Solving the problem
We came up with a new plan to correct the problem. We took the money that remained after our monthly bills were paid and divided it by four, which gave us roughly a weekly total. We took that weekly total and cut it in half:
- One half was our weekly cash allowance: $250. With that, we would buy food, gas, meals out, other entertainment, doctor copays, etc.
- The larger expenses — house repairs, deductible payments, insurance payments and the like — would be paid out of the other half. This was typically things that cost more than $50.
The monthly spreadsheet would account for the cash in one lump sum (not accounting for where it was spent), plus itemize other money spent. Cash came out on Sundays just before grocery shopping. What was left was stored tucked in an envelope so we could both take as needed. Our newest attempt to budget began.
The weekly cash plan worked well; over time, $250 turned into $240, $220, and eventually stabilized at $200. Other expenses were easily taken care of, and our savings account grew. We didn’t feel pinched or deprived. When unexpected expenses popped up (e.g., surgery for kidney stones), there was money in the bank to cover it without touching the emergency fund. Without thinking, we were saving over half of what we’d been spending before.
Cue summer 2010. We sat down to look at upcoming expenses:
- We were taking a vacation.
- I was starting a personal training business and needed to buy a defibrillator.
- He needed a summer class for seat hours to maintain his certification.
- Car insurance was due.
- Plus all the usual suspects.
We added it all up, looked at what was in the bank, and blinked in disbelief. We added it all up again and brainstormed for the details we certainly must have missed. Nope — everything was accounted for.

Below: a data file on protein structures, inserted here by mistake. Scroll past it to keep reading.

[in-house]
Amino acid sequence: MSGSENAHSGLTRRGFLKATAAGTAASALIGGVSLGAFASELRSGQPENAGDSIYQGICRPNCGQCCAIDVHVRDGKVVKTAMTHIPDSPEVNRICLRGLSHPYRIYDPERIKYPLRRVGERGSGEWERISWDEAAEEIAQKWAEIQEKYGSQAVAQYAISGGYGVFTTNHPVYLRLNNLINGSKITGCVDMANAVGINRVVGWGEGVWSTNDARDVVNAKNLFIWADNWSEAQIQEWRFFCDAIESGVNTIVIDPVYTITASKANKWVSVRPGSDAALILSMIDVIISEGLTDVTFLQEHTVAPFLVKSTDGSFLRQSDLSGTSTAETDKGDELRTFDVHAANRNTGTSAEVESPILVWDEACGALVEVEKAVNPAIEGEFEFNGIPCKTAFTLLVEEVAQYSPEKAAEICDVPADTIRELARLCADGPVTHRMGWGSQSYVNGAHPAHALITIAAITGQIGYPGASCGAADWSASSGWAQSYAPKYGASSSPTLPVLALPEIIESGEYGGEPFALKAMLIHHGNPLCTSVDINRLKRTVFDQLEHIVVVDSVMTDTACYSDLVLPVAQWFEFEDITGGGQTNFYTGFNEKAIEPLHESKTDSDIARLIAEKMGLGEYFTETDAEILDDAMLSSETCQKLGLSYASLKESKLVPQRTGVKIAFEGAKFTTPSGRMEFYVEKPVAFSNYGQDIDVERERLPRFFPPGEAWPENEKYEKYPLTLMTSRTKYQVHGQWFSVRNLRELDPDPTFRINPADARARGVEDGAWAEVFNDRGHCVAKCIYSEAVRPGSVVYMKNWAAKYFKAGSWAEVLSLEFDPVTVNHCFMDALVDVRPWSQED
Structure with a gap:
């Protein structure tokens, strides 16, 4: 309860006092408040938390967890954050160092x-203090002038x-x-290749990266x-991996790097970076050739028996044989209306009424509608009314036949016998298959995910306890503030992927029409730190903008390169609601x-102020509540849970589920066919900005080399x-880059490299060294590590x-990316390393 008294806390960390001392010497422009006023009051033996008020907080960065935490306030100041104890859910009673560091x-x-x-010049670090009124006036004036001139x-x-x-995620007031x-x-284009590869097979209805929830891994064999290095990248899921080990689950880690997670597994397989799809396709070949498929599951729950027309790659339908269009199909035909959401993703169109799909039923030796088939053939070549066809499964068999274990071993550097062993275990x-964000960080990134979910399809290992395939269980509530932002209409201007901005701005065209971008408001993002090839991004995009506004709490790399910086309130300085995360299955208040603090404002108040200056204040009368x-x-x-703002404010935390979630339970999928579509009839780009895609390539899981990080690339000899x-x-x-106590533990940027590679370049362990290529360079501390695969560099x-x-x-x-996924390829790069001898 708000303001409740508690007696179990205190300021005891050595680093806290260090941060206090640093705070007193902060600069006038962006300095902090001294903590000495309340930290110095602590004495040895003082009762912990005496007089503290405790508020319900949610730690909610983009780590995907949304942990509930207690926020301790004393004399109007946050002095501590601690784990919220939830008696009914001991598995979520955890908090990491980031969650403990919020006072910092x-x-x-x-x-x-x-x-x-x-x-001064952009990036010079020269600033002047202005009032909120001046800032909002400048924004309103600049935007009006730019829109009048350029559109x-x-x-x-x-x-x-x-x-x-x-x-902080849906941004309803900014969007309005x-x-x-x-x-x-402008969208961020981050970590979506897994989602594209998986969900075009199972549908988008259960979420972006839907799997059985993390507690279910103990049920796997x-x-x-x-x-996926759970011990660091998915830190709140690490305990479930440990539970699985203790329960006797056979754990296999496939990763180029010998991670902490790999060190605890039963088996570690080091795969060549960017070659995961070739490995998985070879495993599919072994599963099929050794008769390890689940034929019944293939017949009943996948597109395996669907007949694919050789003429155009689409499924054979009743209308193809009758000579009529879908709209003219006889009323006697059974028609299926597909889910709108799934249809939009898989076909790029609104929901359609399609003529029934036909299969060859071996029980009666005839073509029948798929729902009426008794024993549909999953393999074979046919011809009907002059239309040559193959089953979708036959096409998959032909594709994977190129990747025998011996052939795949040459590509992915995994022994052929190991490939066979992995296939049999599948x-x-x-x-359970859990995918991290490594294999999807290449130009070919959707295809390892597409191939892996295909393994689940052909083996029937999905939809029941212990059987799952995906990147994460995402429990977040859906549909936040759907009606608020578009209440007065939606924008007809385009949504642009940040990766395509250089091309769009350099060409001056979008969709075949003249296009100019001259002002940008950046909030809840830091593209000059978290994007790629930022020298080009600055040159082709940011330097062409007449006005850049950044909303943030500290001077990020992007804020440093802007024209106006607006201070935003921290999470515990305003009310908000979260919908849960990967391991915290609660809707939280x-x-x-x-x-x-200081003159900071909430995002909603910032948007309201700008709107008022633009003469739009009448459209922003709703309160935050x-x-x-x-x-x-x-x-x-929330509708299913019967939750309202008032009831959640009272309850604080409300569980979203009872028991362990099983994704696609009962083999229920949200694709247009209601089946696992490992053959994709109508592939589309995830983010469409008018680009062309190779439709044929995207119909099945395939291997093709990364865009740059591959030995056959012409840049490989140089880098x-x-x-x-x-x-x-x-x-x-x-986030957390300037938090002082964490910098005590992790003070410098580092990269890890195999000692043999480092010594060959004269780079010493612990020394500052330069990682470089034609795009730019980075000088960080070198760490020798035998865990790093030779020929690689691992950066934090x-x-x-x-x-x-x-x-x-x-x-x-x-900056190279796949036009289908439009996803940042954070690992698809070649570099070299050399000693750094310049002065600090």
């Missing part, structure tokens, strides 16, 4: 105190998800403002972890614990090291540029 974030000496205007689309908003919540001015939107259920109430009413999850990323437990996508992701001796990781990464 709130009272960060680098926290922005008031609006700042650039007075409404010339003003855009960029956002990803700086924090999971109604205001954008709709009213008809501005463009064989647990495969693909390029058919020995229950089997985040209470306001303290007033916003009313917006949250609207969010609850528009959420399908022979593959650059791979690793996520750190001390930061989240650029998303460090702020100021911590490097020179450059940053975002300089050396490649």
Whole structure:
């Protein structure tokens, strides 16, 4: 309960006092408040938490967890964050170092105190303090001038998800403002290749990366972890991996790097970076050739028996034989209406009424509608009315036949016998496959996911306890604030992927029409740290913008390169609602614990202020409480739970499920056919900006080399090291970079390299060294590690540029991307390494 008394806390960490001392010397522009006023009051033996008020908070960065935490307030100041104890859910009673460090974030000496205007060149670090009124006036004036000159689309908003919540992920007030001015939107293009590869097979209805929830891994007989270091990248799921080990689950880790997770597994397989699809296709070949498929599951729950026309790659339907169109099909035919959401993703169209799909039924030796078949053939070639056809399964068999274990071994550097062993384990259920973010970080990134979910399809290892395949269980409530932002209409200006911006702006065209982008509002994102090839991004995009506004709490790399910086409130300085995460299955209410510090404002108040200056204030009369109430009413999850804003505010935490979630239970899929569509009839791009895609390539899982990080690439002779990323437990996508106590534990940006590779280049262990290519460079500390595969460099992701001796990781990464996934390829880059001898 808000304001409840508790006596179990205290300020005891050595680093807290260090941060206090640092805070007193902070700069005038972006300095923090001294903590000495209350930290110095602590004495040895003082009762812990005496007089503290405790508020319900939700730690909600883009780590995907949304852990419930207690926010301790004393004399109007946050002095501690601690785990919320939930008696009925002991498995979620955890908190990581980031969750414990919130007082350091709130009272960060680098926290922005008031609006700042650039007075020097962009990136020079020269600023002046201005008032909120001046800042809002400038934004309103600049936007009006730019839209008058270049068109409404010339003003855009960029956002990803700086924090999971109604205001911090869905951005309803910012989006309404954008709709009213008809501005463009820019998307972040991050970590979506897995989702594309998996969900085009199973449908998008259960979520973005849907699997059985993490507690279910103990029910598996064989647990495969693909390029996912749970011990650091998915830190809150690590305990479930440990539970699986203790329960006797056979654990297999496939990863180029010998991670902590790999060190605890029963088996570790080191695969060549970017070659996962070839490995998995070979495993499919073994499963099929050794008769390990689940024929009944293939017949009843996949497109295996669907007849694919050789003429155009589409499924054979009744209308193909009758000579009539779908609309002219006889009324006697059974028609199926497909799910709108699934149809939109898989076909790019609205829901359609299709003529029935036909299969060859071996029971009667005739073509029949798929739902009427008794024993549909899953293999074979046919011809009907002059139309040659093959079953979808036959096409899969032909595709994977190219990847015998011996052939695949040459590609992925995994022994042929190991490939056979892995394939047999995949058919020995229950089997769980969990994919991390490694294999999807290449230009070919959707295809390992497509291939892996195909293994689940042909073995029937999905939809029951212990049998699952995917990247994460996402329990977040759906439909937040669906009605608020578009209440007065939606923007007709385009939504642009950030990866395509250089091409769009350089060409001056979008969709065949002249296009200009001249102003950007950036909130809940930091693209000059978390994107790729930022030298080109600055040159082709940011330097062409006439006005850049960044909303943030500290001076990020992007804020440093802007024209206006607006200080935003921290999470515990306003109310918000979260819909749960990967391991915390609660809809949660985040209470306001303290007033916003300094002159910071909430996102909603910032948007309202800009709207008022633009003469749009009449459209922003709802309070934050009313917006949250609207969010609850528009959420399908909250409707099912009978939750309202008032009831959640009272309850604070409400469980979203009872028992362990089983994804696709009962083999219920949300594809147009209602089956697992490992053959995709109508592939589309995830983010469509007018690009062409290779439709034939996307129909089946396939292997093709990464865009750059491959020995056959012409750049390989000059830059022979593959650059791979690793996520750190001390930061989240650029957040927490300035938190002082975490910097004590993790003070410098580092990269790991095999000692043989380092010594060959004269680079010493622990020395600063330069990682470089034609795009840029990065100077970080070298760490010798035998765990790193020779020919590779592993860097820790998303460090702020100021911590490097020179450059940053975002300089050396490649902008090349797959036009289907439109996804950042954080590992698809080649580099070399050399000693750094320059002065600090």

We had enough money in the bank to live throughout the summer (including vacation, the AED, the class, etc.) without touching the credit union account. And there was enough money in the credit union account to pay off the car. In June, 2010, just six months after embarking on the new budgeting plan, we paid off the Scion XB, two years ahead of schedule.
This school year hasn’t seen the same saving/debt reduction, as my teaching position was reduced to half-time. While my paycheck is cut in half, this gives me the opportunity to spend more time trying to build my training business, which will replace (and hopefully exceed!) the lost teaching wages. (By the end of this school year, if all goes according to plan…)
If we hadn’t had this new budgeting plan in place, my salary reduction would have been a disaster, partially because we wouldn’t really know where best to cut, and partially because we’d still be accounting for a car payment every month.
The plan suits us both and has been easy to use. I’m excited for the possibilities of what’s to come.